Resources

These materials were developed by the Centre for Refugee Research in partnership with refugee communities and service providers.

Reciprocal research

Reciprocol research describes the process of giving something back to the refugee community in return for their input to the research. These materials were developed by Associate Professor Eileen Pittaway and Dr Linda Bartolomei former directors of the UNSW Centre for Refugee Research.

Community Consultations Using Reciprocal Research Methodologies is ideally a five day training program that will provide participants with:

  • understanding of and practice in using a Human Rights Framework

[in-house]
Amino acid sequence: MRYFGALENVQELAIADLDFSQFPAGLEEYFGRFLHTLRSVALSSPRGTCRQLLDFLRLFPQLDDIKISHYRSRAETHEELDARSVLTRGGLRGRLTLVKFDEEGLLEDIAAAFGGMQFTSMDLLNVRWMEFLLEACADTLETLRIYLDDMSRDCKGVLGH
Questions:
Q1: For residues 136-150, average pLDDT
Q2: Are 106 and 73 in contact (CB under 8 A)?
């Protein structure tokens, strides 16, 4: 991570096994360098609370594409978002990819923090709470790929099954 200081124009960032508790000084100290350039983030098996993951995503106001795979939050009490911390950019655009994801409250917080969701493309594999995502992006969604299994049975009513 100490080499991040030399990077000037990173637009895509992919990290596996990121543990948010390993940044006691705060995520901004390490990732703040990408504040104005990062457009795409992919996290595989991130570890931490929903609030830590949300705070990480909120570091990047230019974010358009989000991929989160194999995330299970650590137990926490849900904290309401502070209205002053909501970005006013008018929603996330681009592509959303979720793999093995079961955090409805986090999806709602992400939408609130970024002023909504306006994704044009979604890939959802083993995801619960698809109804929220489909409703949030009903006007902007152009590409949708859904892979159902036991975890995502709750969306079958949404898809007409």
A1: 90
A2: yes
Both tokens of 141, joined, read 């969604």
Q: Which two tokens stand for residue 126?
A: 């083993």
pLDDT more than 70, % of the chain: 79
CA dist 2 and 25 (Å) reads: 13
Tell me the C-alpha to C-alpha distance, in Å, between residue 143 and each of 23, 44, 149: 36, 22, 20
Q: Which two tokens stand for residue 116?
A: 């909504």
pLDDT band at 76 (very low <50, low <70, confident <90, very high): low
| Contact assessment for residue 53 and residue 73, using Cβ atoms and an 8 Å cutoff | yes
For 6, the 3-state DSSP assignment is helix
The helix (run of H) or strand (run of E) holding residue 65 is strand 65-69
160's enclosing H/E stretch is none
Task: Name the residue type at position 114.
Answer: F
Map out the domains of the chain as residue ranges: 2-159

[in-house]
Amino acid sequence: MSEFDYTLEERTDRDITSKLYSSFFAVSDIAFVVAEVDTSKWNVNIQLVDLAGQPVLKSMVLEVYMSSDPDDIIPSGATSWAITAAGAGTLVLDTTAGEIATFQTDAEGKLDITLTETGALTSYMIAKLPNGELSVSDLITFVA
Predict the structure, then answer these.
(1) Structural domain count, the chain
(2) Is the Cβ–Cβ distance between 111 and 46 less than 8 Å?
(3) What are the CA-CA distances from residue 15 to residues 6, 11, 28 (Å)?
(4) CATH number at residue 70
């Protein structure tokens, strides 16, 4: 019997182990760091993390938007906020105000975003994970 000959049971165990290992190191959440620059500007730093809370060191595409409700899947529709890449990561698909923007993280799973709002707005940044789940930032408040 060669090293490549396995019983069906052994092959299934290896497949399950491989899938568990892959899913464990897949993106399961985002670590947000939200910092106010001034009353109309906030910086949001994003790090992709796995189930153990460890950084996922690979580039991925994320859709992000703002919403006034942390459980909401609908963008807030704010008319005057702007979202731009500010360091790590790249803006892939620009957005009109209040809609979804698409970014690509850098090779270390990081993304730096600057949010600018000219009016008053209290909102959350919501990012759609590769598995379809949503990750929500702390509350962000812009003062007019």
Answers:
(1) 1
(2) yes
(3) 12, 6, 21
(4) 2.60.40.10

• the tools and knowledge to run Reciprocal Research Community Consultations
  • ability to identify challenges to meaningful consultation and community participation
  • the opportunity to use the skills needed to run effective community consultations in a safe environment
  • the opportunity for participants to adapt training materials to suit the needs of the groups with whom they work
  • knowledge and skills for working with informal (untrained) interpreters, and multiple language groups

Outcomes

Participants will be able to confidently undertake effective consultations with diverse communities, focusing on a wide range of community concerns.

The participants will be able to identify a number of issues and challenges faced when consulting with communities and will develop strategies to implement positive changes in response to these.